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I am currently reading "Applied Analysis", which could be found here,

and on page 85 I don't understand example 4.16. There it is said:

Suppose that $X$ is the space of all real-valued functions on the interval $[a,b]$. We may identify a function $f: [a,b] \to \mathbb{R}$ with a point $\prod_{x\in [a,b]} f(x)$ in $\mathbb{R}^{[a,b]}$, so $X = \mathbb{R}^{[a,b]}$ is the $[a,b]$-fold Cartesian product of $\mathbb{R}$.

In this construction the expression $\prod_{x\in [a,b]} f(x)$ should almost always yield $\infty$ because its a product over an uncountable set and so this identification is not one-to-one, or does i read $\prod_{x\in [a,b]} f(x)$ wrong?

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3 Answers 3

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You’re reading $\prod_{x\in[a,b]}f(x)$ incorrectly. (This is perfectly understandable, because the notation is very poor.) It does not mean a product of the real numbers $f(x)$ for $x\in[a,b]$.

Let $I$ be an index set, and for each $i\in I$ let $Y_i$ be a set. Then $$X=\prod_{i\in I}Y_i\;,$$ the Cartesian product of the sets $Y_i$, is defined to be the set of all functions $$x:I\to\bigcup_{i\in I}Y_i$$ such that $x(i)\in Y_i$ for each $i\in I$. Each of these functions is a single point of the product set $X$. I generally write $x=\langle x(i):i\in I\rangle$ to describe such a point.

In your setting $I=[a,b]$, and $Y_i=\Bbb R$ for each $i\in[a,b]$. Thus, in this case $x=\langle x(i):i\in I\rangle\in X$ is actually a function from $I=[a,b]$ to $\Bbb R$, since each of the sets $Y_i$ is just $\Bbb R$. Change my $x$ to $f$ and substitute the specific index set for $I$, and you have a point $f=\langle f(x):x\in[a,b]\rangle\in X$. The author of that book has ill-advisedly chosen to write this as if it were a product of numbers, which is ridiculous, but his $\prod_{x\in[a,b]}f(x)$ should be understood exactly as my $f=\langle f(x):x\in[a,b]\rangle$.

He could have been a little less wrong by writing $\prod_{x\in[a,b]}\{f(x)\}$, a Cartesian product of singleton sets; that at least could not be interpreted as a product of numbers, but it also wouldn’t be a point in $X$: rather, it would be a singleton subset of $X$, a set with only one point in it.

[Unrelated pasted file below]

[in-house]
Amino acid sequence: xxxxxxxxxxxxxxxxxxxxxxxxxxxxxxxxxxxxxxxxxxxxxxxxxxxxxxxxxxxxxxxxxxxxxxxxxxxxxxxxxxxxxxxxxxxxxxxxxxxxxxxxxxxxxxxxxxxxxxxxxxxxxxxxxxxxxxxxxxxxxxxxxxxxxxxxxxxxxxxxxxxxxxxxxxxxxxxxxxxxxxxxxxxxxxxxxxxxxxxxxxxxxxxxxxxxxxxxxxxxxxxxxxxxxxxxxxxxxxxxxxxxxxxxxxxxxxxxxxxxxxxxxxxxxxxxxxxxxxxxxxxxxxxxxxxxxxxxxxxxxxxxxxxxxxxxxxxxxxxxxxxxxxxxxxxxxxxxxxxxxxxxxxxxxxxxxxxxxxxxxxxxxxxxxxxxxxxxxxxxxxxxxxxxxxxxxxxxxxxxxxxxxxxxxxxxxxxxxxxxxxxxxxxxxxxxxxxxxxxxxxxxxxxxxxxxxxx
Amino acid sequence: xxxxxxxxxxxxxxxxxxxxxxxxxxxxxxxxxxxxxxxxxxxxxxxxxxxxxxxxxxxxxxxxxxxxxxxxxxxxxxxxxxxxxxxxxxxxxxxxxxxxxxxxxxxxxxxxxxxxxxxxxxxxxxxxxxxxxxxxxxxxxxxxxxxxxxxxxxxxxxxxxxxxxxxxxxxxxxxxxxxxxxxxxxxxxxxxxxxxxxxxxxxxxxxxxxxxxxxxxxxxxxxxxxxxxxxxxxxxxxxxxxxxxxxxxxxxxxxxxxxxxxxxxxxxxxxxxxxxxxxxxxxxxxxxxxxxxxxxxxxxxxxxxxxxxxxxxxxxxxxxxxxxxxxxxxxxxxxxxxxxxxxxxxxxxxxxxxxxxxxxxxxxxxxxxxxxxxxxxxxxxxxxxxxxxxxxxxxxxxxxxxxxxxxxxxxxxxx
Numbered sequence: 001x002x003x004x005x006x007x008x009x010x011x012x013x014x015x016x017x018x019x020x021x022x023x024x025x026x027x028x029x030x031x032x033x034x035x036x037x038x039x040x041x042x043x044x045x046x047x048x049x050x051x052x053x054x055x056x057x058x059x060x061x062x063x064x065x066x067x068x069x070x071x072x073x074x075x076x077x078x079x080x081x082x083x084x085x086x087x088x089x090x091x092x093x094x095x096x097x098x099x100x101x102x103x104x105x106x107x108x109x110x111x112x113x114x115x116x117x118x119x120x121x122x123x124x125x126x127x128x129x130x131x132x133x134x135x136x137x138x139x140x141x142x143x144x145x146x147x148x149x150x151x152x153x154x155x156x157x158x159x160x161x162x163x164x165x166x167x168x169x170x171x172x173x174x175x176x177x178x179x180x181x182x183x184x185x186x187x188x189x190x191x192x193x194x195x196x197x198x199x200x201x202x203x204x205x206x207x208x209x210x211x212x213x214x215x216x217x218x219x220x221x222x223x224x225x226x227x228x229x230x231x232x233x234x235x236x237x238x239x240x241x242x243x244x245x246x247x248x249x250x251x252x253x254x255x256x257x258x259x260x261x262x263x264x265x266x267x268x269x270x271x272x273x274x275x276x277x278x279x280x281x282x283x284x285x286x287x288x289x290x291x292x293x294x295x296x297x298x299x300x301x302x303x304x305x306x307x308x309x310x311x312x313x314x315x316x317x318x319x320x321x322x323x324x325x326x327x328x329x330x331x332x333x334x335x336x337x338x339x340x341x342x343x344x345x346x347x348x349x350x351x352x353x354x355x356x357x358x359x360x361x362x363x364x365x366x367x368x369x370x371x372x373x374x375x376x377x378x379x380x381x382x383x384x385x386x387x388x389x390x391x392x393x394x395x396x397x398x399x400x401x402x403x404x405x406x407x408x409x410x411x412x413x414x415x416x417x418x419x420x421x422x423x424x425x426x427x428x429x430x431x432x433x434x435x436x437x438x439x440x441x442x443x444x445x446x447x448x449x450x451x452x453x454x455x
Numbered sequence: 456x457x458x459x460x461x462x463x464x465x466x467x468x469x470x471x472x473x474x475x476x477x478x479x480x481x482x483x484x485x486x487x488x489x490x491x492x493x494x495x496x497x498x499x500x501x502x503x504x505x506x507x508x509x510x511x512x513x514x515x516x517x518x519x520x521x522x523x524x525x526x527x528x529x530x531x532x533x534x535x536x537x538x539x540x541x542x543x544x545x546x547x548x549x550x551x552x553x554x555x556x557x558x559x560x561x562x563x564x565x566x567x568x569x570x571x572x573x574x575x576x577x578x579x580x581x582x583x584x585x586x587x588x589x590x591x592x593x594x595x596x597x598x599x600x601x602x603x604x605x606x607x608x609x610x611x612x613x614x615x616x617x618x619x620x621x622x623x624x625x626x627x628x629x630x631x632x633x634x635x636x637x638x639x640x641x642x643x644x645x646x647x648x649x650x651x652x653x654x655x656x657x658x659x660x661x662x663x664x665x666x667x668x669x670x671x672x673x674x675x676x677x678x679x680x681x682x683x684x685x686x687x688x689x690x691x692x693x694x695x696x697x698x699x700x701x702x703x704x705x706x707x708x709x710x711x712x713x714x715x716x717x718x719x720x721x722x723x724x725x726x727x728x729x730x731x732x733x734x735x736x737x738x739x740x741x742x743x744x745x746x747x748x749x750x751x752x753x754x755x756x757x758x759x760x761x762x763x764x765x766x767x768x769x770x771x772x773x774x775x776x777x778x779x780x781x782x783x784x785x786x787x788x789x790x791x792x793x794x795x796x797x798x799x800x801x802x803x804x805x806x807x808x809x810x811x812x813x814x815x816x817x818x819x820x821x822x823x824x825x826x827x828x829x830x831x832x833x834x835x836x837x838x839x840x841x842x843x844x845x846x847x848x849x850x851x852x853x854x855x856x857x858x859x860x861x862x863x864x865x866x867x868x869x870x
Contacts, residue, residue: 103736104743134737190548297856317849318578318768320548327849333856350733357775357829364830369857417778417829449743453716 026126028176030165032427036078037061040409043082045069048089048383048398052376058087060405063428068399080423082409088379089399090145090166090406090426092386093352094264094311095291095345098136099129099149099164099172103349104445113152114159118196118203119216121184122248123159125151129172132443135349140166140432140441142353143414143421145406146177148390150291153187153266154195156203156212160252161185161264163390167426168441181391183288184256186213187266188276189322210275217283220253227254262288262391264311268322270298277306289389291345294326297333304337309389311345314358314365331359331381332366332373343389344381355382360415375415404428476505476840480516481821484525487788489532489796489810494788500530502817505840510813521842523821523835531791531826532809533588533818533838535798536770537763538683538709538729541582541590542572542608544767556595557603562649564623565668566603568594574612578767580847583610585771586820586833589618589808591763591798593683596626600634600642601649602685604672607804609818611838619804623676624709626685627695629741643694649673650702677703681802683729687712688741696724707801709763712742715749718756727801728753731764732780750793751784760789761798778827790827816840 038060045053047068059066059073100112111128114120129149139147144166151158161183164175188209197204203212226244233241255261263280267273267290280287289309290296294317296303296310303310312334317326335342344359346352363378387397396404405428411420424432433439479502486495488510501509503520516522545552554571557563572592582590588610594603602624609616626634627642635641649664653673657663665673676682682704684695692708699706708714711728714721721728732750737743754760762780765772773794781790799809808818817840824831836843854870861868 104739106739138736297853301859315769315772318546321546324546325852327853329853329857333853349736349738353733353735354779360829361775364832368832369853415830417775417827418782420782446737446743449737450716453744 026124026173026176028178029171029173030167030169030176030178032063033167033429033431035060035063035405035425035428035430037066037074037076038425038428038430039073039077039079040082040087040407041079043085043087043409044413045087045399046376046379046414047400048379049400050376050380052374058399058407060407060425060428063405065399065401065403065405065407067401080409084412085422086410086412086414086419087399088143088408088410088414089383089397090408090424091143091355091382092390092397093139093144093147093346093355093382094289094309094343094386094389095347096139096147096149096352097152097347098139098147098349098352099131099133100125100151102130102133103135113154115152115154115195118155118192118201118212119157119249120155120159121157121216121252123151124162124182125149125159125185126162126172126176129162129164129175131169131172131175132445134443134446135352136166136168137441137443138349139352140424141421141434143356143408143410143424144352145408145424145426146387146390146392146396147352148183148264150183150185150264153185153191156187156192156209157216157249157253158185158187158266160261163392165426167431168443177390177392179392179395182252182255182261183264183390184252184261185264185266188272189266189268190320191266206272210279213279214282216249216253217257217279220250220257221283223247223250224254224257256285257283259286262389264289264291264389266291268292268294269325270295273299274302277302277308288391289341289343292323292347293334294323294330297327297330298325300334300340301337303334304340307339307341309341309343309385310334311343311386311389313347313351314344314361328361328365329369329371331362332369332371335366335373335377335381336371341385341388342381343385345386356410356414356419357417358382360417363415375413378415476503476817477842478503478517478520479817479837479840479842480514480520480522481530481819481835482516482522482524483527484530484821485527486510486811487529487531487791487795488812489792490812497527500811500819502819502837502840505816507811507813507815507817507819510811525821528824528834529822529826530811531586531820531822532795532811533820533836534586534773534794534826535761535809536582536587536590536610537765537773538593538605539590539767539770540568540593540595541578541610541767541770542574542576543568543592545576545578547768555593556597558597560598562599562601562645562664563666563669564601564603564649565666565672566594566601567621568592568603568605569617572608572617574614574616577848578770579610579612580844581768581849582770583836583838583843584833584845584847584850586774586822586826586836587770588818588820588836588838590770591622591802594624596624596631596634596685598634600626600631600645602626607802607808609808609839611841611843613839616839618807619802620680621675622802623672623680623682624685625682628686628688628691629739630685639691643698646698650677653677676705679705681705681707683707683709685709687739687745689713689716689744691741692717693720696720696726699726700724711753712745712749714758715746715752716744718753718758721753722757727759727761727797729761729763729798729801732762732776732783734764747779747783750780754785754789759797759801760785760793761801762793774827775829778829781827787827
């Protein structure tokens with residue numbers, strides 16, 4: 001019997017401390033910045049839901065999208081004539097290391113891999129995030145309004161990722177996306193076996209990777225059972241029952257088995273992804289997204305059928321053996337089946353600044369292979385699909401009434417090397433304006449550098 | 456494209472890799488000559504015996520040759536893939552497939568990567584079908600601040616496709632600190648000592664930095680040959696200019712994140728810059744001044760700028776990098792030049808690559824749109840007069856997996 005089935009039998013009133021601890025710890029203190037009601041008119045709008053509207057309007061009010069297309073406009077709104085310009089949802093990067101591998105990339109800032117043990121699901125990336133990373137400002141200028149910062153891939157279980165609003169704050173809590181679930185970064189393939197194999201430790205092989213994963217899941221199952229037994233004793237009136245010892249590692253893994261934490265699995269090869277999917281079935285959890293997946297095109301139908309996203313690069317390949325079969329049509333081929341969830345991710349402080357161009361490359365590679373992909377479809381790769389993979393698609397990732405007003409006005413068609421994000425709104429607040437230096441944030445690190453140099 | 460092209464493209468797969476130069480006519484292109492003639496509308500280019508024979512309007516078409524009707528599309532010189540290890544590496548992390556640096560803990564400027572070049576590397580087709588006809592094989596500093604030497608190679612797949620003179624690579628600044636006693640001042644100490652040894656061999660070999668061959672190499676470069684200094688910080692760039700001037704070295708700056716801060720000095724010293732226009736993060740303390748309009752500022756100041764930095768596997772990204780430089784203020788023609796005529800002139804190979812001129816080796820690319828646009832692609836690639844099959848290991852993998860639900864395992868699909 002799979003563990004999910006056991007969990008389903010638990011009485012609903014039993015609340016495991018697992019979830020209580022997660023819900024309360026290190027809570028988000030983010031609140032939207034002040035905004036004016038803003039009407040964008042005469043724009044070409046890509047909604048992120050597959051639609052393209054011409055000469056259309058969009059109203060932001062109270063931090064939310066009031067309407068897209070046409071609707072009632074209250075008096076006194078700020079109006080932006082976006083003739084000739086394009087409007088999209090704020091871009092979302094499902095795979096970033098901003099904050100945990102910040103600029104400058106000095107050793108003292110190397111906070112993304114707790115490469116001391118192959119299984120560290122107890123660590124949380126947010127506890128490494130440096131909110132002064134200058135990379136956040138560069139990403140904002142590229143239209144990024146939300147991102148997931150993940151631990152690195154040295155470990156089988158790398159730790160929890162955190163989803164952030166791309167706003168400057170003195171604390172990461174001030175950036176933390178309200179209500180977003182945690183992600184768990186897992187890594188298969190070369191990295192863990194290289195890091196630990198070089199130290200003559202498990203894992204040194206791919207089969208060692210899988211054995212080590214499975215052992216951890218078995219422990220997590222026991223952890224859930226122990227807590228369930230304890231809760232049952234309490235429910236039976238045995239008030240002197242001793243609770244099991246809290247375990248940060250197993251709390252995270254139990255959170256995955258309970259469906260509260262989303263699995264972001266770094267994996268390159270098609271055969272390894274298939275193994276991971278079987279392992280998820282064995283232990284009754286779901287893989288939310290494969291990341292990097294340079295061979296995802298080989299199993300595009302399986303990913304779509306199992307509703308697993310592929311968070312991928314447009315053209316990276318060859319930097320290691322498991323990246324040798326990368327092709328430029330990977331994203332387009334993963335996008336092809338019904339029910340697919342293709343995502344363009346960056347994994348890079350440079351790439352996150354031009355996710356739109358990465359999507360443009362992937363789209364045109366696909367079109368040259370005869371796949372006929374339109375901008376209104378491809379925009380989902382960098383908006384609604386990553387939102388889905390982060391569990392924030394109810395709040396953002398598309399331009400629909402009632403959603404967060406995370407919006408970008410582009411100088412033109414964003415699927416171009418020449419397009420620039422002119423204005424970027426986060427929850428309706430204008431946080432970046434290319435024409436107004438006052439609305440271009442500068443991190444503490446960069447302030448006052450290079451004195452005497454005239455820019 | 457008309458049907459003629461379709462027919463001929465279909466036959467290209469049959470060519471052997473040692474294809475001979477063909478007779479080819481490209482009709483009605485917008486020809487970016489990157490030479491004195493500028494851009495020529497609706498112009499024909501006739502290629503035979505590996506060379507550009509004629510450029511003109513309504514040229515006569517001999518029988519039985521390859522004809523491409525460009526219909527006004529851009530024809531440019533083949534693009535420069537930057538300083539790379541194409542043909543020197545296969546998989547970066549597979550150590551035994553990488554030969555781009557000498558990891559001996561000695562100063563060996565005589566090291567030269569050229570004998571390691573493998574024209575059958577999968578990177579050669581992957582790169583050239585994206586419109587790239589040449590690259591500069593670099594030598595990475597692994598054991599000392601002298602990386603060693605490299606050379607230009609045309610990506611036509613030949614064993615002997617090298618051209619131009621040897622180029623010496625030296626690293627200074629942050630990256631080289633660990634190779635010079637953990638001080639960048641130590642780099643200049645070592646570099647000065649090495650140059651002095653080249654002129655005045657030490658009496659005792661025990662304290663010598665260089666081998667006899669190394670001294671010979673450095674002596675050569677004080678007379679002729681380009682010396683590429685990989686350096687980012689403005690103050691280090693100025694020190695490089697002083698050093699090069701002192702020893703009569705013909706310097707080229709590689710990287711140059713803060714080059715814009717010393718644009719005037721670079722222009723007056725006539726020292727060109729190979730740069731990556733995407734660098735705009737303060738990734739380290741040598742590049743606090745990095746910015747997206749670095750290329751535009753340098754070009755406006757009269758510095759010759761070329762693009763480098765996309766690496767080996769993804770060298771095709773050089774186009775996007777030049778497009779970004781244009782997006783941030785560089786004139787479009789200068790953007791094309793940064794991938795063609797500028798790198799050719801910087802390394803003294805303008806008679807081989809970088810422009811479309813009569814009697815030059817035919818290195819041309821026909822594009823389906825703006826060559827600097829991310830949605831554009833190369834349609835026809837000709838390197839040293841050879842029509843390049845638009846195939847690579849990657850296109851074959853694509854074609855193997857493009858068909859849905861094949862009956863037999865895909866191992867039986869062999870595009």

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As there already are answers addressing the notation issue, I will just add some examples and intuition.

Consider a function $f : \{1,2,3,\ldots,n\} \to \mathbb{R}$. However, there is a bijection between a set of such functions and the $\mathbb{R}^n$. Take an $n$-dimensional vector $v \in \mathbb{R}^n$ such that $v = \langle v_1, v_2, v_3, \ldots, v_n \rangle$ and $v_k = f(k)$, and you could see that $\Phi(f) = v$ could be an example. Of course, if you have a point in $u \in \mathbb{R}^n$, then you could easily reconstruct the function: $g(k) = u_k$. The fact that the space of the functions is denoted as $\mathbb{R}^{\{1,2,\ldots,n\}}$ is not a coincidence.

This example can be generalized, e.g. take $f : \mathbb{N} \to \mathbb{R}$. Every such function is a point in the space of infinite sequences of real numbers, e.g. $(a_n)_{n \in \mathbb{N}}$ where $a_n = f(n)$. On the other hand, the space of such sequence can be thought of as an infinite Cartesian product of $\mathbb{R}$, and indeed it is somtimes denoted as $\mathbb{R}^\infty$.

We can go with this even further and further, e.g. $g : [a,b] \to \mathbb{R}$ is a point in space $\mathbb{R}^{[a,b]}$ that can be understood as infinite Cartesian product, but with uncountable number of coordinates it ranges over.

Please note, that with the above in mind, the sums (i.e. $\sum_{k=1}^n \cdot$) and series (i.e. $\sum_{k=1}^\infty \cdot$) are nothing else than the integrals (i.e. $\int_{\Omega}\cdot$) over discrete spaces. This is also one of the reasons why people tend to think of integrals as generalized sums.

Hope this helps ;-)

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How do you read $A^2$? It is all the functions from $\{0,1\}$ into $A$, but this is also the set of ordered pairs, or $2$-tuples if you will.

We can think of the ordered pair $\langle a,b\rangle$ as the function $f(0)=a, f(1)=b$.

Similarly we can consider other sets, larger sets, and generalize this: $\mathbb R^{[a,b]}$ is the set of all functions whose domain is $[a,b]$ and codomain $\mathbb R$. How do we identify a function $f$? We identify it with the sequence, or $[a,b]$-tuple in an extreme abuse of language, $\langle f(x)\mid x\in[a,b]\rangle$.

The product, is not a product of numbers but rather a product of sets, in our case a product of singletons. Note that we can write $f=\prod\limits_{x\in[a,b]}\{f(x)\}$. The problem begins when abusing the notation and identifying a point with its singleton, then $\prod\limits_{x\in[a,b]}\{f(x)\}$ turns into $\prod\limits_{x\in[a,b]}f(x)$ which may seem as a product of numbers instead of product of sets.

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